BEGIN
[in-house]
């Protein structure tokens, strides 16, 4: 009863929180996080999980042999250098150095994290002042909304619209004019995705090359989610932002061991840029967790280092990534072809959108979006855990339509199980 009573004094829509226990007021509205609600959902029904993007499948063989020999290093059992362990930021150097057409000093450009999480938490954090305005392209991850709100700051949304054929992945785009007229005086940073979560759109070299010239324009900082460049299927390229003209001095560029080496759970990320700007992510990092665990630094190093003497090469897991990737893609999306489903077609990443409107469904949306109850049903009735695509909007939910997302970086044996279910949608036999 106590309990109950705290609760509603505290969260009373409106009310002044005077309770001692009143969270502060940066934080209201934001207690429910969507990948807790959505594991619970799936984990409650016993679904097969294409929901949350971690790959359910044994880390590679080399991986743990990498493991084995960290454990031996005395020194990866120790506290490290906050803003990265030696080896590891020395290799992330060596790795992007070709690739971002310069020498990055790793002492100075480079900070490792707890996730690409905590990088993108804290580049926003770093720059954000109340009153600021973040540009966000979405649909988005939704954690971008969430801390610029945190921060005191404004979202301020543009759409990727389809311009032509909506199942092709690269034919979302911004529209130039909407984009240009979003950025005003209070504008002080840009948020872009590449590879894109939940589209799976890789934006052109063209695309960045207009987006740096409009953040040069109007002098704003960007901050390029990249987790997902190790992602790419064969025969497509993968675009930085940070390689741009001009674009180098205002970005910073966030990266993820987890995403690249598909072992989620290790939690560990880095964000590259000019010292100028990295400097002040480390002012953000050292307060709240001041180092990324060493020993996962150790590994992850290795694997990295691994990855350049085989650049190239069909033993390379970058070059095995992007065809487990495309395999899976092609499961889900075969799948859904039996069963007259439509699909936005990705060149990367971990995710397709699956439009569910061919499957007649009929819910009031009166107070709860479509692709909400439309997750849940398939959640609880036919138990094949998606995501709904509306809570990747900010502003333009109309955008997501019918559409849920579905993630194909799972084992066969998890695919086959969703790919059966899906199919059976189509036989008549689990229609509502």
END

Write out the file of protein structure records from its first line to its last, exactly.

[in-house]
């Protein structure tokens, strides 16, 4: 009863929180996080999980042999250098150095994290002042909304619209004019995705090359989610932002061991840029967790280092990534072809959108979006855990339509199980 009573004094829509226990007021509205609600959902029904993007499948063989020999290093059992362990930021150097057409000093450009999480938490954090305005392209991850709100700051949304054929992945785009007229005086940073979560759109070299010239324009900082460049299927390229003209001095560029080496759970990320700007992510990092665990630094190093003497090469897991990737893609999306489903077609990443409107469904949306109850049903009735695509909007939910997302970086044996279910949608036999 106590309990109950705290609760509603505290969260009373409106009310002044005077309770001692009143969270502060940066934080209201934001207690429910969507990948807790959505594991619970799936984990409650016993679904097969294409929901949350971690790959359910044994880390590679080399991986743990990498493991084995960290454990031996005395020194990866120790506290490290906050803003990265030696080896590891020395290799992330060596790795992007070709690739971002310069020498990055790793002492100075480079900070490792707890996730690409905590990088993108804290580049926003770093720059954000109340009153600021973040540009966000979405649909988005939704954690971008969430801390610029945190921060005191404004979202301020543009759409990727389809311009032509909506199942092709690269034919979302911004529209130039909407984009240009979003950025005003209070504008002080840009948020872009590449590879894109939940589209799976890789934006052109063209695309960045207009987006740096409009953040040069109007002098704003960007901050390029990249987790997902190790992602790419064969025969497509993968675009930085940070390689741009001009674009180098205002970005910073966030990266993820987890995403690249598909072992989620290790939690560990880095964000590259000019010292100028990295400097002040480390002012953000050292307060709240001041180092990324060493020993996962150790590994992850290795694997990295691994990855350049085989650049190239069909033993390379970058070059095995992007065809487990495309395999899976092609499961889900075969799948859904039996069963007259439509699909936005990705060149990367971990995710397709699956439009569910061919499957007649009929819910009031009166107070709860479509692709909400439309997750849940398939959640609880036919138990094949998606995501709904509306809570990747900010502003333009109309955008997501019918559409849920579905993630194909799972084992066969998890695919086959969703790919059966899906199919059976189509036989008549689990229609509502």